Enkare Review is currently open for submissions.

The magazine’s Issue 1 was released in April and included an interview with The New Yorker editor David Remnick.

Since its founding in August 2016, the magazine has published such notable names as Junot Diaz, Nnedi Okoroafor, Maaza Mengiste, Namwali Serpell, and Ikhide Ikheloa.

The cover of Enkare Review’s Issue 1.

Read their submission guidelines below, as published on their Website.

  • All submissions must be in English. Pieces translated into English from other languages will be accepted and this must be indicated in the cover letter and emailed alongside the submission to submissions@enkare.org or via our Submission Form.
  • All submissions must have previously been unpublished. Unpublished in this case includes books, print and online magazines and journals.
  • All submissions must be accompanied by a bio of not more than 200 words pasted in the body of the email. DO NOT attach your bio as a separate document.
  • All manuscripts should be submitted as Word documents (doc, docx) for ease of reading and editing. Do NOT paste the text of your work as part of the body of the email.
  • Submissions should be typed in TIMES NEW ROMAN, FONT 12, DOUBLE SPACED and LEFT ALIGNED. For more information on how to format your manuscript, look at the Proper Manuscript Format by William Shunn. Failure to adhere to this will lead to your manuscript not being read by our editors.
  • The first page of your manuscript must contain YOUR NAME, EMAIL ADDRESS and TITLE OF THE WORK BEING SUBMITTED.
  • For Fiction, and Nonfiction submissions should be between 2,500 to 7500 words. For Poetry, please submit NO LESS THAN 4 POEMS but NO MORE THAN 7 POEMS.  ALL the poems MUST be contained in a single document and submitted as such.
  • Adherence to the word limit is recommended but in any case, we will bend this a little bit if it makes sense to surpass the word limit for the story or essay or poem to make complete sense. Don’t hold back.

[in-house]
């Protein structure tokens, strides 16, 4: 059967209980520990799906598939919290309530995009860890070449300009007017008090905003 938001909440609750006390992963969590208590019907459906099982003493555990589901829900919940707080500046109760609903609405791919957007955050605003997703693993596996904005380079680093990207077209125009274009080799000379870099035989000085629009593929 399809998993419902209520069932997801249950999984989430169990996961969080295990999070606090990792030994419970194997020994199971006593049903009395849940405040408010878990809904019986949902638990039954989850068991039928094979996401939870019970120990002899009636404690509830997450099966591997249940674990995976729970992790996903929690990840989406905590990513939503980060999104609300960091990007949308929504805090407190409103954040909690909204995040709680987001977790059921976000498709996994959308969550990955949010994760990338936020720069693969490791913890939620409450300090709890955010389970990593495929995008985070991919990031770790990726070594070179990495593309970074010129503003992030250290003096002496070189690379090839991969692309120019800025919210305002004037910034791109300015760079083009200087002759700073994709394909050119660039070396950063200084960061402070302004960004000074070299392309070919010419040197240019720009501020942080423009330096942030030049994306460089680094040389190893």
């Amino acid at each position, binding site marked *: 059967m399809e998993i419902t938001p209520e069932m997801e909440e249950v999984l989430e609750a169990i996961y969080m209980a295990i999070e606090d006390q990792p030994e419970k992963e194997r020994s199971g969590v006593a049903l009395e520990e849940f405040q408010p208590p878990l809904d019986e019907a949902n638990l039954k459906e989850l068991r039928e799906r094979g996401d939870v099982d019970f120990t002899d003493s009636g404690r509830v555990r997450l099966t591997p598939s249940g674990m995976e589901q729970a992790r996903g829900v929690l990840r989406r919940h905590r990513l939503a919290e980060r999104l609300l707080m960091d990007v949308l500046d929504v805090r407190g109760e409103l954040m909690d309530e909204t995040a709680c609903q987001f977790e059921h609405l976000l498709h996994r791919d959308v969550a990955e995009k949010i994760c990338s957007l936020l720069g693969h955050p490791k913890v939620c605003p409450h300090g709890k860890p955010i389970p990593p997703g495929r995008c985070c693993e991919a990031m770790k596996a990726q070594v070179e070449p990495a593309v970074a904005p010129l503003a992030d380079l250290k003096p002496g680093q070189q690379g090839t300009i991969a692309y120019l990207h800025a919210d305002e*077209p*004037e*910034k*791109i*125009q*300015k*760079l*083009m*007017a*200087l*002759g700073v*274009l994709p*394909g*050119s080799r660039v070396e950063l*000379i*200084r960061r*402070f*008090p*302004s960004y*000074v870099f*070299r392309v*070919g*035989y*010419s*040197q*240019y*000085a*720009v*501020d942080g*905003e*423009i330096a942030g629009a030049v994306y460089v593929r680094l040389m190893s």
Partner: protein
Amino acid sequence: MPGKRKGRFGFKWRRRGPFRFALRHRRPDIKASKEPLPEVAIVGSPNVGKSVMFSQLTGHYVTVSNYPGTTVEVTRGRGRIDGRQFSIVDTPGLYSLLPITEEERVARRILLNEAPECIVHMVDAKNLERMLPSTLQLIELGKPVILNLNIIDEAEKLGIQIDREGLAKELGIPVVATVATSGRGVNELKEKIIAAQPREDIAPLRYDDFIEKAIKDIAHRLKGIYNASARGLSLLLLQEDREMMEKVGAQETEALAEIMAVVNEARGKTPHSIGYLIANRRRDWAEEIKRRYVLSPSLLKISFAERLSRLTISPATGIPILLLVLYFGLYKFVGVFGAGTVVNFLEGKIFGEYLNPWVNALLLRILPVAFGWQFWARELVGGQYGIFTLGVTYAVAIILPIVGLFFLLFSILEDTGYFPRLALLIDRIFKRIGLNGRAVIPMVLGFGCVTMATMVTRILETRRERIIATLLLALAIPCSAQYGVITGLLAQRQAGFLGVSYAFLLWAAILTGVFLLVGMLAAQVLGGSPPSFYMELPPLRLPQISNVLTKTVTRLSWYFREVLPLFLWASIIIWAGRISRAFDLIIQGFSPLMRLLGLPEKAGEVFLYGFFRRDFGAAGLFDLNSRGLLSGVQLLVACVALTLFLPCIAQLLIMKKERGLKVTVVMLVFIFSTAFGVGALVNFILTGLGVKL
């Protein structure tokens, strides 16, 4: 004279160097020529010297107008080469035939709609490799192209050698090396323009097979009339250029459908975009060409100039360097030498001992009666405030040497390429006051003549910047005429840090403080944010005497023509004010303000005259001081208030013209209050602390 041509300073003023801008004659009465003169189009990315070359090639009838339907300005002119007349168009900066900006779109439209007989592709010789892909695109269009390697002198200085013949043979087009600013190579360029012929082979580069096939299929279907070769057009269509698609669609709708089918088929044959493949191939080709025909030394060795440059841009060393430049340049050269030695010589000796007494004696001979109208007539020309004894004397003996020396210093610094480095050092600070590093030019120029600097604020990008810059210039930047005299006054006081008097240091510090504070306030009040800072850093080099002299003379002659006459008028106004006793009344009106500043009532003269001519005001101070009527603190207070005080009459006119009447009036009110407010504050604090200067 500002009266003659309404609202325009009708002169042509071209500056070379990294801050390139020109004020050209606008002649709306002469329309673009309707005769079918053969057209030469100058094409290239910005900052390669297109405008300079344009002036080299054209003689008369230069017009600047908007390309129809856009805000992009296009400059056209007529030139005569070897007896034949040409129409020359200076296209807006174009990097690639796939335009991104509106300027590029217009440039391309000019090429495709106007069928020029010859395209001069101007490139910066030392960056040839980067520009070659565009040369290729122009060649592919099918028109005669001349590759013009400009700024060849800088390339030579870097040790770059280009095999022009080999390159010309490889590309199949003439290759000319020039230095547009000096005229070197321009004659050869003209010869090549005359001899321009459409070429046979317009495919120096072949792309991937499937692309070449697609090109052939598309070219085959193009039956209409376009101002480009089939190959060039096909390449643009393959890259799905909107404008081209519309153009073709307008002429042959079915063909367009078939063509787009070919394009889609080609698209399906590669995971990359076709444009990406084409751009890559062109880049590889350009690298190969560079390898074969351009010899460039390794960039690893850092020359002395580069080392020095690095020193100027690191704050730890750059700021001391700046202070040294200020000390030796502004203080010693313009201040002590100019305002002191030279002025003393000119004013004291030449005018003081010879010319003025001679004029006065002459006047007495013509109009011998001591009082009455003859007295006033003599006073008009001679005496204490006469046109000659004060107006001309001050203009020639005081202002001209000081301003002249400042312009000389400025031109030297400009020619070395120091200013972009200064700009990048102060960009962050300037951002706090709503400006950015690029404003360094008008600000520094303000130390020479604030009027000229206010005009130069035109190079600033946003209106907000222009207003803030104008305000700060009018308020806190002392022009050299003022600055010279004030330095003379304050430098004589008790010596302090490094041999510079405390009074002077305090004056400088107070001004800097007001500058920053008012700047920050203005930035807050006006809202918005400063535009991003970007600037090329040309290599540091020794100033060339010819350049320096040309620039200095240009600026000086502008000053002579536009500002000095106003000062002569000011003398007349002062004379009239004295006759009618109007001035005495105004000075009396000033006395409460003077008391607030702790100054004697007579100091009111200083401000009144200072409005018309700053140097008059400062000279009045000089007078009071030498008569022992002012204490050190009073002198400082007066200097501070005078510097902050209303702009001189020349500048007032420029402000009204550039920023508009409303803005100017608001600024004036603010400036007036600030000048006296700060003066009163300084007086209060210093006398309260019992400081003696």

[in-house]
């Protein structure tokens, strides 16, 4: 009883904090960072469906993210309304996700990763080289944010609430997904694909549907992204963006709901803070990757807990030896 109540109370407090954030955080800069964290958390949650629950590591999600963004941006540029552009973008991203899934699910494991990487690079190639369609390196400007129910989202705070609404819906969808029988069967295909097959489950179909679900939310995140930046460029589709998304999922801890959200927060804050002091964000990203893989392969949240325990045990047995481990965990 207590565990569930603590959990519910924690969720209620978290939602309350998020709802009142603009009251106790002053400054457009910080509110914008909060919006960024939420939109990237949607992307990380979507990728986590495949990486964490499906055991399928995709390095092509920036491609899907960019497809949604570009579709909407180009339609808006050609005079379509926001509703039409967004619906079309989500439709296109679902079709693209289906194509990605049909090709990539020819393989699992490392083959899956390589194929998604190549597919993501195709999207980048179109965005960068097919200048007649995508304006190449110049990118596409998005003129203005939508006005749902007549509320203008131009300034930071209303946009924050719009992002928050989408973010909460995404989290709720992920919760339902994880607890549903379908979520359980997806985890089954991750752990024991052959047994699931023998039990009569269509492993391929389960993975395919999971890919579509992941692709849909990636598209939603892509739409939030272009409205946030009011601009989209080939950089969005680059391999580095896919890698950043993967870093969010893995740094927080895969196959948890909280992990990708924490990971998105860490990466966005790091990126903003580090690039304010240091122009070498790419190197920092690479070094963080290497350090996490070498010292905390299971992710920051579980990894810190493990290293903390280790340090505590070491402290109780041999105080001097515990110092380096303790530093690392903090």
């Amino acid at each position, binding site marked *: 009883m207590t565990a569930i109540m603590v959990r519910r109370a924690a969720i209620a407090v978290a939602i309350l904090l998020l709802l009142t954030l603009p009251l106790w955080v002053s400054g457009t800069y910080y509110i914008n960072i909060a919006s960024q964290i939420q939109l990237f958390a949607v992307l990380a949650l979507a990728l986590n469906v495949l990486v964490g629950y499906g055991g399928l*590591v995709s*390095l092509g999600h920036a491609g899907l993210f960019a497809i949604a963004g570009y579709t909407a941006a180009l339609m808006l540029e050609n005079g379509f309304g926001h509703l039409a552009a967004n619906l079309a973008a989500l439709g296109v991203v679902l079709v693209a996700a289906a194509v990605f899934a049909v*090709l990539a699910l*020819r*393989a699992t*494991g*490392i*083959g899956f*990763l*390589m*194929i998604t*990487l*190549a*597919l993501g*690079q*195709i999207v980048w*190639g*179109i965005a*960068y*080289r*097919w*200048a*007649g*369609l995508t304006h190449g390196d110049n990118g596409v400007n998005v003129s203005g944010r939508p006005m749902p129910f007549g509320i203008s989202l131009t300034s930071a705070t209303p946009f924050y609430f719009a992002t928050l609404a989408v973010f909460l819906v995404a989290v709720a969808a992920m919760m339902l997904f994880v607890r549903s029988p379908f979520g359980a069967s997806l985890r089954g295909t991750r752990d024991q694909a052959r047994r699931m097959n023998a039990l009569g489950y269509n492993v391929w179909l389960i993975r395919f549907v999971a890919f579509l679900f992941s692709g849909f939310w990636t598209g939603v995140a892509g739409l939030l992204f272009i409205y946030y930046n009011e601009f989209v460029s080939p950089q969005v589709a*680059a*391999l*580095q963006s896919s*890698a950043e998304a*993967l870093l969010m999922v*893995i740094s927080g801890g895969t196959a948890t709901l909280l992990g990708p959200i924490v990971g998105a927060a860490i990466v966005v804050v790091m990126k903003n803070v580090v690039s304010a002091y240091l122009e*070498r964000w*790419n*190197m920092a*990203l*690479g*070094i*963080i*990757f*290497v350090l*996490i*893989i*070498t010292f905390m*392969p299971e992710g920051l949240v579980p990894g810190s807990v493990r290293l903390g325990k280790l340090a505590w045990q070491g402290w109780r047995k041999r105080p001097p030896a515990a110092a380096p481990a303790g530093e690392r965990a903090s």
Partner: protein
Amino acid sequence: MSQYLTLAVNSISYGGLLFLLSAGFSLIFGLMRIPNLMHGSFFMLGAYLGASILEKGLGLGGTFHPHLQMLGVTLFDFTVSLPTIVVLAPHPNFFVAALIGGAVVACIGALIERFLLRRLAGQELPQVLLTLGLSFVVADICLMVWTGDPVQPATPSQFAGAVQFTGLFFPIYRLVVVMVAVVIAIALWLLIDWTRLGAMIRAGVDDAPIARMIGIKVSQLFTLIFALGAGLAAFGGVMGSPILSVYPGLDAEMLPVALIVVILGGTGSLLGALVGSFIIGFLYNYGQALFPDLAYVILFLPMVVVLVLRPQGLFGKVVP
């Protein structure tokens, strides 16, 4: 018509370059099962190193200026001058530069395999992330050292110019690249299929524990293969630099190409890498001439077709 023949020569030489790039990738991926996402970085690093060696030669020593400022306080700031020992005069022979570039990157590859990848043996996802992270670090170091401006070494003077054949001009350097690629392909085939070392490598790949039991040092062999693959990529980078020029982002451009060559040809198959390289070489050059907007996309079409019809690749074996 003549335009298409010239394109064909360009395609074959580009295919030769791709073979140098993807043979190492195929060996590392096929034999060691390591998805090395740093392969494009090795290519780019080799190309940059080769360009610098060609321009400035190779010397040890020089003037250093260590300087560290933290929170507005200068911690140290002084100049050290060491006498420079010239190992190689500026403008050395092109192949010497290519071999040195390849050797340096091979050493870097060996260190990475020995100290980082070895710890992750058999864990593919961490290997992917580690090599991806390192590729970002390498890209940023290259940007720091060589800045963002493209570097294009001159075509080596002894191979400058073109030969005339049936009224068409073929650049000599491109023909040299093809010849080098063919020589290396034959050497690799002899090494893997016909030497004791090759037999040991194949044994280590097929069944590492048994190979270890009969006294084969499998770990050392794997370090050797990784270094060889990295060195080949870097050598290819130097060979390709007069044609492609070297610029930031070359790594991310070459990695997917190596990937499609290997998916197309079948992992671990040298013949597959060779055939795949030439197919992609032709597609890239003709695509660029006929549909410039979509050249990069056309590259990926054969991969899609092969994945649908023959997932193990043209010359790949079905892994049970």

• Simultaneous submissions are acceptable and all we request is that we are notified when the submission is accepted for publication elsewhere.
  • As a suggestion, you are encouraged to read pieces that have previously appeared on Enkare Review to get a grasp of the kind of submissions we are looking for.
  • Please submit NO MORE THAN one piece of work at a time. Wait for our response on your submission before sending in another.
  • Due to the large volume of submissions that we receive, we aim to respond to submissions within THREE MONTHS after the close of the submission period. We will notify you within that period if your submission has been accepted for publication. If you don’t hear from us within that period,  send us a query to info@enkare.org.

Find out more on their Website.

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About Otosirieze Obi-Young

View all posts by Otosirieze Obi-Young
Otosirieze Obi-Young’s writing has been shortlisted for the 2016 Miles Morland Writing Scholarship, the 2017 Gerald Kraak Award, and nominated for a 2015 Pushcart Prize. His fiction has appeared in Transition (“A Tenderer Blessing,” 2015), The Threepenny Review (“Mulumba,” 2016), and Pride and Prejudice: African Perspectives on Gender, Social Justice and Sexuality (“You Sing of a Longing,” 2017), an anthology of The Jacana Literary Foundation and The Other Foundation. His work further appears in Interdisciplinary Academic Essays, Africa in Dialogue, and Brittle Paper, where he is submissions editor. He is the editor of the Art Naija Series: a sequence of concept-based e-anthologies of writing and visual art focusing on different aspects of Nigerianness. The first anthology, Enter Naija: The Book of Places (Oct., 2016) focuses on cities. The second, Work Naija: The Book of Vocations (June, 2017) focuses on professions. He attended the University of Nigeria, Nsukka and currently teaches English at another Nigerian university. When bored, he blogs pop culture at naijakulture.blogspot.com or just Googles Rihanna.

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I hold a doctorate in English from Duke University and recently joined the Marquette University English faculty as an Assistant Professor. I love teaching African fiction and contemporary British novels. Brittle Paper is the virtual space/station where I play and experiment with ideas on how to reinvent African fiction and literary culture.

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